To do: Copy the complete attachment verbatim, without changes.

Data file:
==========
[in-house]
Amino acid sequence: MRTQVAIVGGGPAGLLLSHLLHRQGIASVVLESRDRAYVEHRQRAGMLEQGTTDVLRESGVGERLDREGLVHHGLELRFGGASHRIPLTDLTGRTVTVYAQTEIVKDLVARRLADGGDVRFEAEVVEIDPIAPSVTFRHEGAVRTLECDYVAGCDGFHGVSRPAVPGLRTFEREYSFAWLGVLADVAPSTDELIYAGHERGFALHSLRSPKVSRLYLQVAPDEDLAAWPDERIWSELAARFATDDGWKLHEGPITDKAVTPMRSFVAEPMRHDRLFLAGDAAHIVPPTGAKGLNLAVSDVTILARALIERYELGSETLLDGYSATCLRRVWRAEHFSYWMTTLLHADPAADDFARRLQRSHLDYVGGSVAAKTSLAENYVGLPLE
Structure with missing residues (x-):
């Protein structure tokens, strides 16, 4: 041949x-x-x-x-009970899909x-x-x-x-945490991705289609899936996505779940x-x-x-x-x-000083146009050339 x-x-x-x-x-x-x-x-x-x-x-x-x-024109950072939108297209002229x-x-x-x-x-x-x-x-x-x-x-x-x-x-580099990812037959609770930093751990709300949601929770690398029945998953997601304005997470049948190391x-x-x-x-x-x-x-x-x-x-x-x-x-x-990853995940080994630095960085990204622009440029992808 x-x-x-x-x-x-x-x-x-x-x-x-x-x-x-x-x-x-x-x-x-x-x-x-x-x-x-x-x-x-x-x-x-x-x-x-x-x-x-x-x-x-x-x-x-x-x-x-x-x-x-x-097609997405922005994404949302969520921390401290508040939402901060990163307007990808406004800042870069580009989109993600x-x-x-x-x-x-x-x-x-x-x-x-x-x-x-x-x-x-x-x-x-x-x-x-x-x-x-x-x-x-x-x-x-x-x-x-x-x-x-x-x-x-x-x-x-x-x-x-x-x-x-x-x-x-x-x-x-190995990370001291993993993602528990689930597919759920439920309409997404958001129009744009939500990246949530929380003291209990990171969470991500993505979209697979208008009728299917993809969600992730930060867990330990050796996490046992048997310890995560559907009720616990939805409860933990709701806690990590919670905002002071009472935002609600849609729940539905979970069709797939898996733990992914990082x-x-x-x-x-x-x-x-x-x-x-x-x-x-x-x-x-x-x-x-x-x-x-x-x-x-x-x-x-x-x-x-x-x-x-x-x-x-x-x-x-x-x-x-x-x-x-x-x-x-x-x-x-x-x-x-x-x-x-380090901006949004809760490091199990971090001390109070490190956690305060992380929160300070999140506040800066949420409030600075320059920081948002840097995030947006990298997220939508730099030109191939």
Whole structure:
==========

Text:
[in-house]
Amino acid sequence: MRTQVAIVGGGPAGLLLSHLLHRQGIASVVLESRDRAYVEHRQRAGMLEQGTTDVLRESGVGERLDREGLVHHGLELRFGGASHRIPLTDLTGRTVTVYAQTEIVKDLVARRLADGGDVRFEAEVVEIDPIAPSVTFRHEGAVRTLECDYVAGCDGFHGVSRPAVPGLRTFEREYSFAWLGVLADVAPSTDELIYAGHERGFALHSLRSPKVSRLYLQVAPDEDLAAWPDERIWSELAARFATDDGWKLHEGPITDKAVTPMRSFVAEPMRHDRLFLAGDAAHIVPPTGAKGLNLAVSDVTILARALIERYELGSETLLDGYSATCLRRVWRAEHFSYWMTTLLHADPAADDFARRLQRSHLDYVGGSVAAKTSLAENYVGLPLE
Structure with missing residues (x-):
């Protein structure tokens, strides 16, 4: 041949x-x-x-x-009970899909x-x-x-x-945490991705289609899936996505779940x-x-x-x-x-000083146009050339 x-x-x-x-x-x-x-x-x-x-x-x-x-024109950072939108297209002229x-x-x-x-x-x-x-x-x-x-x-x-x-x-580099990812037959609770930093751990709300949601929770690398029945998953997601304005997470049948190391x-x-x-x-x-x-x-x-x-x-x-x-x-x-990853995940080994630095960085990204622009440029992808 x-x-x-x-x-x-x-x-x-x-x-x-x-x-x-x-x-x-x-x-x-x-x-x-x-x-x-x-x-x-x-x-x-x-x-x-x-x-x-x-x-x-x-x-x-x-x-x-x-x-x-x-097609997405922005994404949302969520921390401290508040939402901060990163307007990808406004800042870069580009989109993600x-x-x-x-x-x-x-x-x-x-x-x-x-x-x-x-x-x-x-x-x-x-x-x-x-x-x-x-x-x-x-x-x-x-x-x-x-x-x-x-x-x-x-x-x-x-x-x-x-x-x-x-x-x-x-x-x-190995990370001291993993993602528990689930597919759920439920309409997404958001129009744009939500990246949530929380003291209990990171969470991500993505979209697979208008009728299917993809969600992730930060867990330990050796996490046992048997310890995560559907009720616990939805409860933990709701806690990590919670905002002071009472935002609600849609729940539905979970069709797939898996733990992914990082x-x-x-x-x-x-x-x-x-x-x-x-x-x-x-x-x-x-x-x-x-x-x-x-x-x-x-x-x-x-x-x-x-x-x-x-x-x-x-x-x-x-x-x-x-x-x-x-x-x-x-x-x-x-x-x-x-x-x-380090901006949004809760490091199990971090001390109070490190956690305060992380929160300070999140506040800066949420409030600075320059920081948002840097995030947006990298997220939508730099030109191939």
Whole structure: